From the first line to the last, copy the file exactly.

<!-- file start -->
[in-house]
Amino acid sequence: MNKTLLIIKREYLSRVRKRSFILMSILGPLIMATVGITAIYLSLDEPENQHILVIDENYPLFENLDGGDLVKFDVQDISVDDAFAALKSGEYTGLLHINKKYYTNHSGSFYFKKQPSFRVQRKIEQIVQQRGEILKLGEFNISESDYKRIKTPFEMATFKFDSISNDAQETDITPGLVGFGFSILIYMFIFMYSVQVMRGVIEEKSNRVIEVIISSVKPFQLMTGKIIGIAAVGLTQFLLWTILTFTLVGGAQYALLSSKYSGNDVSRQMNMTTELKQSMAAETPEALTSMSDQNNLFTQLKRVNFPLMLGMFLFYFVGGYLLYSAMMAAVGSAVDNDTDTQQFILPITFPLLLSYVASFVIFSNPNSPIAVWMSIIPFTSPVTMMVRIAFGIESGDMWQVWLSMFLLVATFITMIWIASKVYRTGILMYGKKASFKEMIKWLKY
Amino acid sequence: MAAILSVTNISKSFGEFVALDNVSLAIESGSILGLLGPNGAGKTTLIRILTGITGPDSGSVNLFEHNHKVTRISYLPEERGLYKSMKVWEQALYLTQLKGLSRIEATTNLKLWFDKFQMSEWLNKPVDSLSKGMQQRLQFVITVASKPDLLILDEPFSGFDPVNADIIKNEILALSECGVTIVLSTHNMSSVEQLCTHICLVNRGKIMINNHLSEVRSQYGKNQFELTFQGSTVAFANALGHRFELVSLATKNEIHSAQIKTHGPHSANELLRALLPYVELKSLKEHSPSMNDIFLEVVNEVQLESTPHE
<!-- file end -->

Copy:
[in-house]
Amino acid sequence: MNKTLLIIKREYLSRVRKRSFILMSILGPLIMATVGITAIYLSLDEPENQHILVIDENYPLFENLDGGDLVKFDVQDISVDDAFAALKSGEYTGLLHINKKYYTNHSGSFYFKKQPSFRVQRKIEQIVQQRGEILKLGEFNISESDYKRIKTPFEMATFKFDSISNDAQETDITPGLVGFGFSILIYMFIFMYSVQVMRGVIEEKSNRVIEVIISSVKPFQLMTGKIIGIAAVGLTQFLLWTILTFTLVGGAQYALLSSKYSGNDVSRQMNMTTELKQSMAAETPEALTSMSDQNNLFTQLKRVNFPLMLGMFLFYFVGGYLLYSAMMAAVGSAVDNDTDTQQFILPITFPLLLSYVASFVIFSNPNSPIAVWMSIIPFTSPVTMMVRIAFGIESGDMWQVWLSMFLLVATFITMIWIASKVYRTGILMYGKKASFKEMIKWLKY
Amino acid sequence: MAAILSVTNISKSFGEFVALDNVSLAIESGSILGLLGPNGAGKTTLIRILTGITGPDSGSVNLFEHNHKVTRISYLPEERGLYKSMKVWEQALYLTQLKGLSRIEATTNLKLWFDKFQMSEWLNKPVDSLSKGMQQRLQFVITVASKPDLLILDEPFSGFDPVNADIIKNEILALSECGVTIVLSTHNMSSVEQLCTHICLVNRGKIMINNHLSEVRSQYGKNQFELTFQGSTVAFANALGHRFELVSLATKNEIHSAQIKTHGPHSANELLRALLPYVELKSLKEHSPSMNDIFLEVVNEVQLESTPHE